Either way NBA officials ruled on the final play of Sunday night’s Raptors-Kings game, one team was likely leaving the Golden 1 Center unhappy, and Toronto got the short end of the stick in Sacramento.
With 2.4 seconds remaining, the Kings clung to a 102-99 lead when right-handed Raptors wing Terrence Ross corralled the inbound pass on a broken play and sank a long 3-pointer fading to his left over the outstretched arm of Matt Barnes as the buzzer sounded on the fourth quarter. Tie game.
Officials rule DeMarcus Cousins deflected ball & therefor Terrence Ross's game-tying three came after time expired pic.twitter.com/t2tb1Jsdka
— Kenny Ducey (@KennyDucey) November 21, 2016
Or not. The play went back to the NBA’s replay center, and officials ruled the clock should have started when DeMarcus Cousins tipped DeMarre Carroll’s inbound pass, and exactly 2.5 seconds eclipsed between that moment and Ross getting the shot off — just enough to nullify the final shot.
Referee Mike Callahan’s explanation to pool reporter Tim Bontemps of The Washington Post:
NBA referee Mike Callahan pool reporter transcript below: pic.twitter.com/3Rx8ad4Lra
— NBA Official (@NBAOfficial) November 21, 2016
It makes sense. “A digital timer on the screen in the replay center, from different angles,” allowed official Zach Zarba to rule that too much time had passed before Ross attempted his game-tying shot.
In essence, “a clock malfunction” was to blame, not the officiating crew.
Either way, Toronto would have preferred a redo on the final play, because maybe Ross would not have taken two dribbles before getting his shot off, had he known he didn’t have the full 2.4 seconds.
.@T_DotFlight31 on how he saw the final play unfold.
— Toronto Raptors (@Raptors) November 21, 2016
They probably deserved a second chance. Naturally, the Raptors were not too happy with the ruling.
dwane casey was NOT happy. clipboards were thrown. pic.twitter.com/2T3Ljzj3rl
— rach (@rachaelhoops) November 21, 2016
After showing his frustration on the court after the game, Raptors coach Dwane Casey was more subdued afterwards. But still not satisfied. “I don’t know where the malfunction came,” he said. I’ve got to hear more than that, because I just watched the same review that they had.” After all, in addition to the clock operator, each referee has the opportunity to start the clock from a belt pack.
Raptors point guard Kyle Lowry chose a different tact. He offered “no comment” after repeated questions about the final play, and in lieu of a fine for criticizing officials, he added, “I’m going to save my money.” (Interestingly, that’s the second time in four games he used that “save my money” line.)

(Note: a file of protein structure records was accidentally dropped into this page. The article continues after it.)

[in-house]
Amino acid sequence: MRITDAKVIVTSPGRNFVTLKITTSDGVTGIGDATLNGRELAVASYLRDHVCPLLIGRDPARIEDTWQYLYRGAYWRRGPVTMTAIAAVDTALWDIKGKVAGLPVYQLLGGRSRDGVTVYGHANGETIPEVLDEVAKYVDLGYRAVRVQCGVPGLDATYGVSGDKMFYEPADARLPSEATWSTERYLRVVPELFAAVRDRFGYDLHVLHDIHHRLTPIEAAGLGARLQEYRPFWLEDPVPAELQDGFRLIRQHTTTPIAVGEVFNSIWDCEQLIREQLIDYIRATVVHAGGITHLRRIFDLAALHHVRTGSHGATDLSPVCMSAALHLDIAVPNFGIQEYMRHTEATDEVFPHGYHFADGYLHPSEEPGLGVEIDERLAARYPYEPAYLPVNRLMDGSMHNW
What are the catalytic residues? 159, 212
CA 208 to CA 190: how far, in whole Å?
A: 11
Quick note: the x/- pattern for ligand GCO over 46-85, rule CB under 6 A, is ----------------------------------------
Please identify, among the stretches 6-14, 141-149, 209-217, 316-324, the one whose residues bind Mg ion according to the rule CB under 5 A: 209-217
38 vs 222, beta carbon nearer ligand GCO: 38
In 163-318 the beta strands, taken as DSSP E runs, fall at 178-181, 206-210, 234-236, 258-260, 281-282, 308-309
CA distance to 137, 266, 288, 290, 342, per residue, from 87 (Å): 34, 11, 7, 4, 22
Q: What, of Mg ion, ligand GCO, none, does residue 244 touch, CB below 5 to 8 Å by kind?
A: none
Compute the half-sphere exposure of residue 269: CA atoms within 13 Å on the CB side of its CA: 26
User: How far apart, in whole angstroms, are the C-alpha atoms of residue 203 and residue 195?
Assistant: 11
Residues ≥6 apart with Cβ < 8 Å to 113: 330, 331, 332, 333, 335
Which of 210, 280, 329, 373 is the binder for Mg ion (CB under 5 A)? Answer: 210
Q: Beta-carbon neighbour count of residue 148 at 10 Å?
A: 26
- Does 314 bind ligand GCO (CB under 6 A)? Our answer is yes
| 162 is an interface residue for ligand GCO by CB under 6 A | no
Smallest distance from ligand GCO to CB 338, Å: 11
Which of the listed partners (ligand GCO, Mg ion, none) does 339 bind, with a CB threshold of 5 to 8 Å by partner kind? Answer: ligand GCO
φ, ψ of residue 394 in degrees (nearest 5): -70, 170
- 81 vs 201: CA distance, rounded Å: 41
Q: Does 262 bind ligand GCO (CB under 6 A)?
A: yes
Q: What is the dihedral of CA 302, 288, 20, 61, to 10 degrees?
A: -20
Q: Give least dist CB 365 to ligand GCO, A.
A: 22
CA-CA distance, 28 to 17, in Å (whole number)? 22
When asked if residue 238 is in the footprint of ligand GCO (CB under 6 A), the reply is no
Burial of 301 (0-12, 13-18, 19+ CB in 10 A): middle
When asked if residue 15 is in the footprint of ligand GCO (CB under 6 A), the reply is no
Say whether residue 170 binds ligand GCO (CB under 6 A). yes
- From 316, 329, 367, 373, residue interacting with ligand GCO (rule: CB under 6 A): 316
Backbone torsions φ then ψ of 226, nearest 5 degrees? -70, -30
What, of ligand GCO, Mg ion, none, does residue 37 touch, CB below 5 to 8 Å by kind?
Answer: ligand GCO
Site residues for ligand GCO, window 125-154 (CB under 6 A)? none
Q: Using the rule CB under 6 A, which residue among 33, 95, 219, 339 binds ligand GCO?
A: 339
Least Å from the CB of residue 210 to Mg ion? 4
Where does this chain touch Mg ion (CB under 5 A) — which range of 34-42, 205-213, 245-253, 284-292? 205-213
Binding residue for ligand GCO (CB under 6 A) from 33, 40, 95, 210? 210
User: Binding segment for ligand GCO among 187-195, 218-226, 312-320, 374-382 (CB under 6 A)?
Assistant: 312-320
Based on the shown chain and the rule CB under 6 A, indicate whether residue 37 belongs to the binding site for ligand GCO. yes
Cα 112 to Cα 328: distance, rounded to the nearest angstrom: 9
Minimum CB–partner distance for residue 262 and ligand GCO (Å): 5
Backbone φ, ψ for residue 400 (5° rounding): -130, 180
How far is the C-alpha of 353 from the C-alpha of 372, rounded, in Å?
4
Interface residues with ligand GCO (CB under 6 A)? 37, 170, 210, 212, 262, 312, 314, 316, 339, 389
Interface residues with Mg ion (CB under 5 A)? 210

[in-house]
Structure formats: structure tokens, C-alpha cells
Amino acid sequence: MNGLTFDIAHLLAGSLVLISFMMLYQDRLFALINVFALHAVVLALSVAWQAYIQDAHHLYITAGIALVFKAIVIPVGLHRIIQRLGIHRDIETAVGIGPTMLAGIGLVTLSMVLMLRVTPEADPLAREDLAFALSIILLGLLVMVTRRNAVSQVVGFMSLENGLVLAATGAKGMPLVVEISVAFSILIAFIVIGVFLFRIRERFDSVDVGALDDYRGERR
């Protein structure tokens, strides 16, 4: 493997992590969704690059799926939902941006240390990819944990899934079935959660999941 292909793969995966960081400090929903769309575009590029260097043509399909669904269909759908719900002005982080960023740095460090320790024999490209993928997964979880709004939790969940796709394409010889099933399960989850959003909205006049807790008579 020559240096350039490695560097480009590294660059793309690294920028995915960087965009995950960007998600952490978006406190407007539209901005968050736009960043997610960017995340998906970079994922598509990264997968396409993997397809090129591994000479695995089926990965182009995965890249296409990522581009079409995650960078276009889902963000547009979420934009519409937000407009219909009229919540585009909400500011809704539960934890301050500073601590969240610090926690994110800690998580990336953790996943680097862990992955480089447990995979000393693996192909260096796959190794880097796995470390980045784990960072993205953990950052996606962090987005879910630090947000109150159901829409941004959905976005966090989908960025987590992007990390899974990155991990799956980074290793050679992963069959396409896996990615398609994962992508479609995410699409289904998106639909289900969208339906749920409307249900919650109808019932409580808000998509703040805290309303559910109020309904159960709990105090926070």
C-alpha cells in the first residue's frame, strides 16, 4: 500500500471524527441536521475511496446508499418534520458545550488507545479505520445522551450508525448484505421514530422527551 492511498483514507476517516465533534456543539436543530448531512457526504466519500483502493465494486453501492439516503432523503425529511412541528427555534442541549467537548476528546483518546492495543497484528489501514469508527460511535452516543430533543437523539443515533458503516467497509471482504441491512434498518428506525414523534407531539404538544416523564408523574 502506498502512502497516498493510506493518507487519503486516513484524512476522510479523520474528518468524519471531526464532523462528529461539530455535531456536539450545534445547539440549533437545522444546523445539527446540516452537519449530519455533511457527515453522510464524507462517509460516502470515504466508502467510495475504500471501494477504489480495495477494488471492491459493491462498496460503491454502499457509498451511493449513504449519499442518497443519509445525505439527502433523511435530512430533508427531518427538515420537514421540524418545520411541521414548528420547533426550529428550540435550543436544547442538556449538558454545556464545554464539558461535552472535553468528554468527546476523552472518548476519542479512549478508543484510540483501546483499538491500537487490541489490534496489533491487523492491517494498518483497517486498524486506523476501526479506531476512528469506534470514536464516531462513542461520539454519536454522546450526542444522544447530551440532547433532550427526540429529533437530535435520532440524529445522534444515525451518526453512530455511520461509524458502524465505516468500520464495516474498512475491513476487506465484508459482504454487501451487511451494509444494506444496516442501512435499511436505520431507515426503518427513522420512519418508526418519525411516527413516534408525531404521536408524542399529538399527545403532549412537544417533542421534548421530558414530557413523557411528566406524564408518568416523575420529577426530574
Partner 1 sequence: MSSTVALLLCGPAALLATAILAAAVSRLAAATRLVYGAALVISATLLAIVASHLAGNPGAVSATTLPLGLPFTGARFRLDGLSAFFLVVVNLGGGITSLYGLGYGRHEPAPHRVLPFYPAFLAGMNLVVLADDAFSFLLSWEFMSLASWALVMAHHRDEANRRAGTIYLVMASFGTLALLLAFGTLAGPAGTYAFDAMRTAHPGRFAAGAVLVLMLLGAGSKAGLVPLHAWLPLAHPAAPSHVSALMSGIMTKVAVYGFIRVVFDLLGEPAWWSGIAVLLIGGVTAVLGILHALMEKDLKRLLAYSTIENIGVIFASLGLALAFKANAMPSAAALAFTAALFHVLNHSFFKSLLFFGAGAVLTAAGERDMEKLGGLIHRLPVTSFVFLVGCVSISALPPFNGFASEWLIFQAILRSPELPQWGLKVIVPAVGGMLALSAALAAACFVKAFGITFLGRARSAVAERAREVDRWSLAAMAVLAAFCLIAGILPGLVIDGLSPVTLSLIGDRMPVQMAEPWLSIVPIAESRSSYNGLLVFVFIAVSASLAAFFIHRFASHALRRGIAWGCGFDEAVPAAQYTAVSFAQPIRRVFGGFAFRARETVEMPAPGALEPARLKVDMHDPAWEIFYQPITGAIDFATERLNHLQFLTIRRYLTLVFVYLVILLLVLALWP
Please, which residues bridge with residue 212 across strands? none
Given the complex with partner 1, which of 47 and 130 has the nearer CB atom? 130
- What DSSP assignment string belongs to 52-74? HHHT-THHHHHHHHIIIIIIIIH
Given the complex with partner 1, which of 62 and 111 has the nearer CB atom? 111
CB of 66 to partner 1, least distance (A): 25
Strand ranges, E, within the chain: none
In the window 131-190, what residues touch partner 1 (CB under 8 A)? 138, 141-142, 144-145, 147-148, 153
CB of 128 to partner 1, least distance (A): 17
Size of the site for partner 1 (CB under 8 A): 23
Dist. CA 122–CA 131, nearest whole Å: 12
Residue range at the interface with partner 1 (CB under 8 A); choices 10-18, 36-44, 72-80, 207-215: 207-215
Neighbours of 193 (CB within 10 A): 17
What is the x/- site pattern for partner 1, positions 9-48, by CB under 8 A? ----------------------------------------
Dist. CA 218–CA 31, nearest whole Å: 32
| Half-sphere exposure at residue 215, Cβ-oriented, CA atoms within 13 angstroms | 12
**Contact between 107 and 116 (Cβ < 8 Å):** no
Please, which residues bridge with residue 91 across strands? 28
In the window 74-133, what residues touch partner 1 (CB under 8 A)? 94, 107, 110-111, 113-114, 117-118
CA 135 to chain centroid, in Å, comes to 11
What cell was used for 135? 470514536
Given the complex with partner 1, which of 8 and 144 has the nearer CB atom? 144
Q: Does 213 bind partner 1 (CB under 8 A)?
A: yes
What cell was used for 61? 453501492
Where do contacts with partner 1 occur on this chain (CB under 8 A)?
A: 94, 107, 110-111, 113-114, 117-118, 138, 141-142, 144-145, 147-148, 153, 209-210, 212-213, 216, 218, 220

— Michael Lee (@MrMichaelLee) November 21, 2016
And Toronto forward Patrick Patterson had a third approach, tweeting he was “looking forward to the apology from the NBA,” although “it won’t do sh– for the outcome.” He even tagged the league’s official Twitter account, so it seems he was a little less worried about a potential forthcoming fine.
Obviously, the Kings would have been equally upset had Ross’ shot been ruled good or a redo of the final play ended in the same result. But perhaps allowing the latter to be possible is a better option than presupposing how the final 2.4 seconds would have played out had the clock started on time.
Asked if the team has any recourse, Casey said, “That’s what we’re going to find out.” There is precedence for the NBA granting an appeal of this kind. The Atlanta Hawks and Miami Heat replayed the final 51.9 seconds of a 2008 game later in the season after it was ruled Shaquille O’Neal was incorrectly whistled for a sixth foul. Before that, the NBA hadn’t replayed part of a game since 1983.
And there may be even more reason for the league to grant an appeal. Going back to the previous possession, Cousins grabbed a rebound with somewhere between 27.4 and 27 seconds remaining.
3 screenshots of 27.4, 27.3, and 27.0. Remember that Kings' possession ended at 2.4 with shotclock violation, which means 'began' at 26.4 pic.twitter.com/eHzQjIeEjf
— Joseph Casciaro (@JosephCasciaro) November 21, 2016
On the other end, the Raptors forced a 24-second shot clock violation to set up the final play, meaning the Raptors should have taken over with anywhere from three and 3.4 seconds left. That would have been enough time for Ross to make his last-second shot — with half a second to spare.
So, yeah, the NBA ended up in a lose-lose situation on Sunday night, and Toronto bore the brunt of it.
– – – – – – –